The Revolt of Islam, by Percy Bysshe Shelley

Canto 11.


She saw me not — she heard me not — alone

Upon the mountain’s dizzy brink she stood;

She spake not, breathed not, moved not — there was thrown

Over her look, the shadow of a mood

Which only clothes the heart in solitude,


A thought of voiceless depth; — she stood alone,

Above, the Heavens were spread; — below, the flood

Was murmuring in its caves; — the wind had blown

Her hair apart, through which her eyes and forehead shone.


A cloud was hanging o’er the western mountains;


Before its blue and moveless depth were flying

Gray mists poured forth from the unresting fountains

Of darkness in the North:— the day was dying:—

Sudden, the sun shone forth, its beams were lying

Like boiling gold on Ocean, strange to see,


And on the shattered vapours, which defying

The power of light in vain, tossed restlessly

In the red Heaven, like wrecks in a tempestuous sea.


It was a stream of living beams, whose bank

On either side by the cloud’s cleft was made;


And where its chasms that flood of glory drank,

Its waves gushed forth like fire, and as if swayed

By some mute tempest, rolled on HER; the shade

Of her bright image floated on the river

Of liquid light, which then did end and fade —


Her radiant shape upon its verge did shiver;

Aloft, her flowing hair like strings of flame did quiver.


I stood beside her, but she saw me not —

She looked upon the sea, and skies, and earth;

Rapture, and love, and admiration wrought


A passion deeper far than tears, or mirth,

Or speech, or gesture, or whate’er has birth

From common joy; which with the speechless feeling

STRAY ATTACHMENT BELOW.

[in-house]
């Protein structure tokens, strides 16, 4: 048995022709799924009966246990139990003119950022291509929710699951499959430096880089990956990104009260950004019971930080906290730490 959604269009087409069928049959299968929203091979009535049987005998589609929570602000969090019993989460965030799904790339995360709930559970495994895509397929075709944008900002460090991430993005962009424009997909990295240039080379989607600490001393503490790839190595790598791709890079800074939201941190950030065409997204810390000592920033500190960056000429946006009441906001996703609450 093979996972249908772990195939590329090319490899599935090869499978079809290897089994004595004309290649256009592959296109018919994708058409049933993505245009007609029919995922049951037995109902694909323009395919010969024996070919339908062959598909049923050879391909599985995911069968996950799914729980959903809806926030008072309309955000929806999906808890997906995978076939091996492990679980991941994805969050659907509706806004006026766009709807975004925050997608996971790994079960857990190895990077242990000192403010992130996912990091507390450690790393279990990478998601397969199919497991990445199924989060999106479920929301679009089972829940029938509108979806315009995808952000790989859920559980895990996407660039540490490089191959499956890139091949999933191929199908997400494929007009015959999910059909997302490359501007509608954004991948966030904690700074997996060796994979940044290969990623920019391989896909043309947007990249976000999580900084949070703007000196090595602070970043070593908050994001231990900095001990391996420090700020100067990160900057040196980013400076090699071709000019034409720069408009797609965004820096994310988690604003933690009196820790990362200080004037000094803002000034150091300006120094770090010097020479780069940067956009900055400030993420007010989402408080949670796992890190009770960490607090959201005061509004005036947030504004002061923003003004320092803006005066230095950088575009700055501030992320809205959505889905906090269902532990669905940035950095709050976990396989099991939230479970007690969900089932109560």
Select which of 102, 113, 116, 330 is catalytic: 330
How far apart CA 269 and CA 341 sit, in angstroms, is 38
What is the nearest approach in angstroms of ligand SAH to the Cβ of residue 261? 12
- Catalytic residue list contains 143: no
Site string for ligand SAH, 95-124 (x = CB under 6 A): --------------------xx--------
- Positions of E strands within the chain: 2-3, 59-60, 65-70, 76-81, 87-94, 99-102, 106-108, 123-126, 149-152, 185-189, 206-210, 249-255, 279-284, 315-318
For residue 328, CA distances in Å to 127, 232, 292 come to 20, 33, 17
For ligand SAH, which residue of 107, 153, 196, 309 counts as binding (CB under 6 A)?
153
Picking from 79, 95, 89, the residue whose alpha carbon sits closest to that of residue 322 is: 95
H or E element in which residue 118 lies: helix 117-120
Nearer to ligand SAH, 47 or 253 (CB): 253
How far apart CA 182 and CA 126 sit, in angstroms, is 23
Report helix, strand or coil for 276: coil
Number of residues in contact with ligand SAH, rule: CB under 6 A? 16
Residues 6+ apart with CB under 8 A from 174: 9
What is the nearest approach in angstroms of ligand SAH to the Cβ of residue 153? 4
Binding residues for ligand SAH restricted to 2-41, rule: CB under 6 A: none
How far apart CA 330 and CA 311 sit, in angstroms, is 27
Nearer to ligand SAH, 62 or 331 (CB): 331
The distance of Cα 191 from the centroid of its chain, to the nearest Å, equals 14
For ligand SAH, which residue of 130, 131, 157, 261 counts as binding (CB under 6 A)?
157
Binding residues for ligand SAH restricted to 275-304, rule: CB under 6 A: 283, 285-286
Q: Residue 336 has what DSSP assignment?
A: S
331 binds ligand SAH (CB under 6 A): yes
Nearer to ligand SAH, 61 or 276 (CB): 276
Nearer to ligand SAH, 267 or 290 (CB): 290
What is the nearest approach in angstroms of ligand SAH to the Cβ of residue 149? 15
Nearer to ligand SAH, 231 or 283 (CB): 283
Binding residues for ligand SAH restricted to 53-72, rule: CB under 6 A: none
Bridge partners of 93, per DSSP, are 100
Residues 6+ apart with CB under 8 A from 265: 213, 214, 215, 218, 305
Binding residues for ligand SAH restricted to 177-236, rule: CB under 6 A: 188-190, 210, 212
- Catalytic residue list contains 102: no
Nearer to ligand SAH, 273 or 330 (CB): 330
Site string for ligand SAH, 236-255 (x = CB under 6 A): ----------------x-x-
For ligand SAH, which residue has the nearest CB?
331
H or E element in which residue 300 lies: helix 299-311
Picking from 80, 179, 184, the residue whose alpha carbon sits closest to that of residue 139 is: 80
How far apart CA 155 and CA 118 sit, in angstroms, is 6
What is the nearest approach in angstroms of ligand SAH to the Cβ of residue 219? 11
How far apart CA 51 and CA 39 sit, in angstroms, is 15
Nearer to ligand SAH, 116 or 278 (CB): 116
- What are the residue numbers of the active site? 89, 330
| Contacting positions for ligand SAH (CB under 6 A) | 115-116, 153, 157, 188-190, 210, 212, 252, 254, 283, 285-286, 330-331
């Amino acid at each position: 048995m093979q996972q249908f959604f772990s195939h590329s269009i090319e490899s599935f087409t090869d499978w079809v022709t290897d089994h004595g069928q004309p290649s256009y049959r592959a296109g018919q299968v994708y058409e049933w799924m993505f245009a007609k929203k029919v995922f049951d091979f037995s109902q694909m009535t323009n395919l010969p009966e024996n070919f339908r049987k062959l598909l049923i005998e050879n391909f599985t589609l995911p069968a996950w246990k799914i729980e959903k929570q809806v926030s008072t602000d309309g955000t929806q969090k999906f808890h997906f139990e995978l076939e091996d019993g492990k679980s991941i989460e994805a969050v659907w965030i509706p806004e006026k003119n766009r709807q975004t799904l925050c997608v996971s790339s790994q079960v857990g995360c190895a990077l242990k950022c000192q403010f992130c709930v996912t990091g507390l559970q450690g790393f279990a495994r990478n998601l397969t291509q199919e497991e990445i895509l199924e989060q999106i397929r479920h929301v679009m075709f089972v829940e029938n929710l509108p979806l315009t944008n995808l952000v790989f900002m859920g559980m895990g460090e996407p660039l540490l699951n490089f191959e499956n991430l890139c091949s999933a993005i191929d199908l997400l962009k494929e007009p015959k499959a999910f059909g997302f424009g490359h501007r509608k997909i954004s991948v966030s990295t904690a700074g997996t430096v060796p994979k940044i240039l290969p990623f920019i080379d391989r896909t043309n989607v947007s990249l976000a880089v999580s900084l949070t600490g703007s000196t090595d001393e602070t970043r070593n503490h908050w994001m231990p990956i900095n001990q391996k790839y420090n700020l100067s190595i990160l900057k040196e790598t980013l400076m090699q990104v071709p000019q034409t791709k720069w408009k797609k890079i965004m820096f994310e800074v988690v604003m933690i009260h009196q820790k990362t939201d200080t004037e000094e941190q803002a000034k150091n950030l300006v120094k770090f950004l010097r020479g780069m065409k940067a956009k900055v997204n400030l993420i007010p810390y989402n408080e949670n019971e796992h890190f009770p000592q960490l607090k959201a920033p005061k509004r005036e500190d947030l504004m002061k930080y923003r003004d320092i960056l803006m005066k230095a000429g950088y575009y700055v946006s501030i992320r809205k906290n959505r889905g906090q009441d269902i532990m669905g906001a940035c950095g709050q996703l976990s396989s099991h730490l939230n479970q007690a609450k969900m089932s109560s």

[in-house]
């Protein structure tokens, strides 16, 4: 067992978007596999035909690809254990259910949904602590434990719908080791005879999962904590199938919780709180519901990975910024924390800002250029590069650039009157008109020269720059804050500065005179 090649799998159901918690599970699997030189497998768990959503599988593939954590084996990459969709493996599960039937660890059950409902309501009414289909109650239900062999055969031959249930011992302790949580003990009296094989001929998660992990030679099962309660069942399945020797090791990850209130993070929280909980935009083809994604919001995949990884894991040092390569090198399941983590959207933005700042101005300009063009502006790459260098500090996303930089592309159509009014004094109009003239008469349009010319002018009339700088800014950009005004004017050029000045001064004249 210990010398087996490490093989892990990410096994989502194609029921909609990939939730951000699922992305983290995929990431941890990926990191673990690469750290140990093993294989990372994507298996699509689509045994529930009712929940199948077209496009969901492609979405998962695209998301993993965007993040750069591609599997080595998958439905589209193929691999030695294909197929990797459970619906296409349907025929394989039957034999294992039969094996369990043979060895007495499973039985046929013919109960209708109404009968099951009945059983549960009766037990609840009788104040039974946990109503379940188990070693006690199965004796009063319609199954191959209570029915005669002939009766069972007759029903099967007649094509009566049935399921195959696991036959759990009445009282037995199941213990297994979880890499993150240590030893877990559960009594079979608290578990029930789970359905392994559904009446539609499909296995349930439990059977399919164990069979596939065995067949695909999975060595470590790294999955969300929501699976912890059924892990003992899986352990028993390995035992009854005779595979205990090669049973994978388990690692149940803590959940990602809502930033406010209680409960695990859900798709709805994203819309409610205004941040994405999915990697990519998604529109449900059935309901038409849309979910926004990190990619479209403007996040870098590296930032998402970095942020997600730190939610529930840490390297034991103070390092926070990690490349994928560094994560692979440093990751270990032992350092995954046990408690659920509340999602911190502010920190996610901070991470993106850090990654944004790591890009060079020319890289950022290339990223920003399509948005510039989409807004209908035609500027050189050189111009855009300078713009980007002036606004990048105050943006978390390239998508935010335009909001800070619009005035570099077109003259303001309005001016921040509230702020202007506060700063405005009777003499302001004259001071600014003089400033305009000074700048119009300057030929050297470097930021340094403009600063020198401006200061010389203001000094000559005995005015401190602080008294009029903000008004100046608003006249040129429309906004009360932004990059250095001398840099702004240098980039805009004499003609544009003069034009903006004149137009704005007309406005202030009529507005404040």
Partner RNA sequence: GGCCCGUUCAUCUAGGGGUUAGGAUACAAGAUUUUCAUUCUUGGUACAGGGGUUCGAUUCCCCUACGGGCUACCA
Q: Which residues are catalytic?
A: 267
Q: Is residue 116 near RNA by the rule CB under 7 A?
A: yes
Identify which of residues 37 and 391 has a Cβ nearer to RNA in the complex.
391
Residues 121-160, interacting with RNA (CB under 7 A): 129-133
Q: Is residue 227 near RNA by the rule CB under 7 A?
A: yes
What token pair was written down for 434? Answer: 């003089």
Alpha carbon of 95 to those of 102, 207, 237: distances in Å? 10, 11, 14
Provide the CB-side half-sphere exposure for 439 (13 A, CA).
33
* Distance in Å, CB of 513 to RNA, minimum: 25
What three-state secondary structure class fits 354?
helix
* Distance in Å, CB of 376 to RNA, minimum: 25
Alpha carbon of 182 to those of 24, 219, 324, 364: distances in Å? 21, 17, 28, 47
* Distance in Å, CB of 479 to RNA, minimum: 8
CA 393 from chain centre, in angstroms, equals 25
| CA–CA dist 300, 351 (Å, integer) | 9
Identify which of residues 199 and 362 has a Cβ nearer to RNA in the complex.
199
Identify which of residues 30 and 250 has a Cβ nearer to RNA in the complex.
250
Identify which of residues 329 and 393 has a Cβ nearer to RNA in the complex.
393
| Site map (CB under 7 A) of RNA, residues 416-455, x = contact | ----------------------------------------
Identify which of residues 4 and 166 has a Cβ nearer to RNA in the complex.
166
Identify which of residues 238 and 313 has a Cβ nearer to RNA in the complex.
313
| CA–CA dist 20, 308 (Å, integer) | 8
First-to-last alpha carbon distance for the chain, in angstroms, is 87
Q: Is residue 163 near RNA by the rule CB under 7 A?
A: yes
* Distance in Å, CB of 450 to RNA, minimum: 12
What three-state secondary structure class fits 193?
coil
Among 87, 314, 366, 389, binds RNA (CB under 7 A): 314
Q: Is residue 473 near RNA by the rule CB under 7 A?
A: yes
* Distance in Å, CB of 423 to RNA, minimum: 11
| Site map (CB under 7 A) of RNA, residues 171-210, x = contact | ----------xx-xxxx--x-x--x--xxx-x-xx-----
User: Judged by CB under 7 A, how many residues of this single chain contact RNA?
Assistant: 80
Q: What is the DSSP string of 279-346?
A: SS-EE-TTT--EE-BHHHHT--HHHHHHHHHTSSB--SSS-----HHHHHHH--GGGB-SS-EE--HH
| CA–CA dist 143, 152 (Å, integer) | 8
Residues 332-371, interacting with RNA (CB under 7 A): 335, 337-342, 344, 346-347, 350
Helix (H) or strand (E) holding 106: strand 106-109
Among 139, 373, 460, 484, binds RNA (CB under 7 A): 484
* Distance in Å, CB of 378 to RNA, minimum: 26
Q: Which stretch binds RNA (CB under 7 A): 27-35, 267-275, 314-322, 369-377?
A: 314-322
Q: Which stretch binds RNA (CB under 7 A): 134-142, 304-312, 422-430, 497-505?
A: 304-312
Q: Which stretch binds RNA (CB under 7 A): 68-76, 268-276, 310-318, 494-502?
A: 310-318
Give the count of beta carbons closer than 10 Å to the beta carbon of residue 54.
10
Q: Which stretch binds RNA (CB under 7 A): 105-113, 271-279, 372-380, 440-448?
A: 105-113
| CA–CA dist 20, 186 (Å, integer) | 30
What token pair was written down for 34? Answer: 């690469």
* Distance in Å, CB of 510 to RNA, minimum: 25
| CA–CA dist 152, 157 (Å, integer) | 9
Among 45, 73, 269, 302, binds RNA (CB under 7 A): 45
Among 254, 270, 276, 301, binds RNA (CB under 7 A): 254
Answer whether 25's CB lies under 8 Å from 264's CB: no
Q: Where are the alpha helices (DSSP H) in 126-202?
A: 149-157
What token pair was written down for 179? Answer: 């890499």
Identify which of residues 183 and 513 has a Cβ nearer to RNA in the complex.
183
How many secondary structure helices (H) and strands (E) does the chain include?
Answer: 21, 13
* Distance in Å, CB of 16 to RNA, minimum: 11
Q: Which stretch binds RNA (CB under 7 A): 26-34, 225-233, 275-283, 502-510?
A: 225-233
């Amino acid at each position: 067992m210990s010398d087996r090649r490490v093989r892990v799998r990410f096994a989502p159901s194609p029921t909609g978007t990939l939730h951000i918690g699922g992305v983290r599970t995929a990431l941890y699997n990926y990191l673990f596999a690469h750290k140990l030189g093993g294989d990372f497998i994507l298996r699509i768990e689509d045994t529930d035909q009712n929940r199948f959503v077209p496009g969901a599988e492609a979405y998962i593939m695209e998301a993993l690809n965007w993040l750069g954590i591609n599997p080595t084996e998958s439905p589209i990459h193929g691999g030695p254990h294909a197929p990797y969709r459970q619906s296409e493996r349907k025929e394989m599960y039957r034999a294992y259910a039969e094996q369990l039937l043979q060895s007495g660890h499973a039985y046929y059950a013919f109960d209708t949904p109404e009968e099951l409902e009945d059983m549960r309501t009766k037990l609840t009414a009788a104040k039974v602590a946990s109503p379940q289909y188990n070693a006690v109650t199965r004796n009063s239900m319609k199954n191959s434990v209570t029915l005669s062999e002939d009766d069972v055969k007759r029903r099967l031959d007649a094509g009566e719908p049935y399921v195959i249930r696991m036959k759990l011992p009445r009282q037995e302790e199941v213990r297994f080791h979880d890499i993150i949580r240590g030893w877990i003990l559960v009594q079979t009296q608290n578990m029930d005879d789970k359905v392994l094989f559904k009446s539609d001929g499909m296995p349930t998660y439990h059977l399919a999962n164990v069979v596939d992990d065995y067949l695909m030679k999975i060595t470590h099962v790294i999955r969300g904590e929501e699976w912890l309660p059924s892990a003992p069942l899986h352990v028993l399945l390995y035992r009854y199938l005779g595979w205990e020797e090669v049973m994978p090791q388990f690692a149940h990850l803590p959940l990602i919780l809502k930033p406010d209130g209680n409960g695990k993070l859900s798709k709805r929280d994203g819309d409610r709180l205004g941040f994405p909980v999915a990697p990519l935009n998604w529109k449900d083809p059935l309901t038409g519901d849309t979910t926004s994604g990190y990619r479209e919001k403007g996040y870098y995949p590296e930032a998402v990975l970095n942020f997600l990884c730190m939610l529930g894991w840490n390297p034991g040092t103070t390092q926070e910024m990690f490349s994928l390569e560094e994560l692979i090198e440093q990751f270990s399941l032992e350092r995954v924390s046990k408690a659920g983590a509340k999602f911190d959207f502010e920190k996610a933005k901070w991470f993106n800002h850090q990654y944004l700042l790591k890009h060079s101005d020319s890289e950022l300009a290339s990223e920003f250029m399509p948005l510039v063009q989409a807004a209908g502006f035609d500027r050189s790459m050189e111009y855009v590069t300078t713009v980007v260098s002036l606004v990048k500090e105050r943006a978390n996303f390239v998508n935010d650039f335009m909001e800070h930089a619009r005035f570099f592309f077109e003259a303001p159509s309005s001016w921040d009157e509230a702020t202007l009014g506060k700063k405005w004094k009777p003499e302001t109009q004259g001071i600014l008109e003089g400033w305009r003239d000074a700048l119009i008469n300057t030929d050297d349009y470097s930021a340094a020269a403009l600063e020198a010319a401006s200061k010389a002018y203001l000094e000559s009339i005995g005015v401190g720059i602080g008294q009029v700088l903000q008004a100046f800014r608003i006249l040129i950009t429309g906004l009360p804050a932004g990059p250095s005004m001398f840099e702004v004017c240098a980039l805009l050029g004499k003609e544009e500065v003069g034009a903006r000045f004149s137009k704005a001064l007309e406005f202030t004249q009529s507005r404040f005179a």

That led her there united, and shot forth

From her far eyes a light of deep revealing,


All but her dearest self from my regard concealing.


Her lips were parted, and the measured breath

Was now heard there; — her dark and intricate eyes

Orb within orb, deeper than sleep or death,

Absorbed the glories of the burning skies,


Which, mingling with her heart’s deep ecstasies,

Burst from her looks and gestures; — and a light

Of liquid tenderness, like love, did rise

From her whole frame, an atmosphere which quite

Arrayed her in its beams, tremulous and soft and bright.


She would have clasped me to her glowing frame;

Those warm and odorous lips might soon have shed

On mine the fragrance and the invisible flame

Which now the cold winds stole; — she would have laid

Upon my languid heart her dearest head;


I might have heard her voice, tender and sweet;

Her eyes, mingling with mine, might soon have fed

My soul with their own joy. — One moment yet

I gazed — we parted then, never again to meet!


Never but once to meet on Earth again!


She heard me as I fled — her eager tone

Sunk on my heart, and almost wove a chain

Around my will to link it with her own,

So that my stern resolve was almost gone.

‘I cannot reach thee! whither dost thou fly?


My steps are faint — Come back, thou dearest one —

Return, ah me! return!’— The wind passed by

On which those accents died, faint, far, and lingeringly.


Woe! Woe! that moonless midnight! — Want and Pest

Were horrible, but one more fell doth rear,


As in a hydra’s swarming lair, its crest

Eminent among those victims — even the Fear

Of Hell: each girt by the hot atmosphere

Of his blind agony, like a scorpion stung

By his own rage upon his burning bier


Of circling coals of fire; but still there clung

One hope, like a keen sword on starting threads uphung:


Not death — death was no more refuge or rest;

Not life — it was despair to be! — not sleep,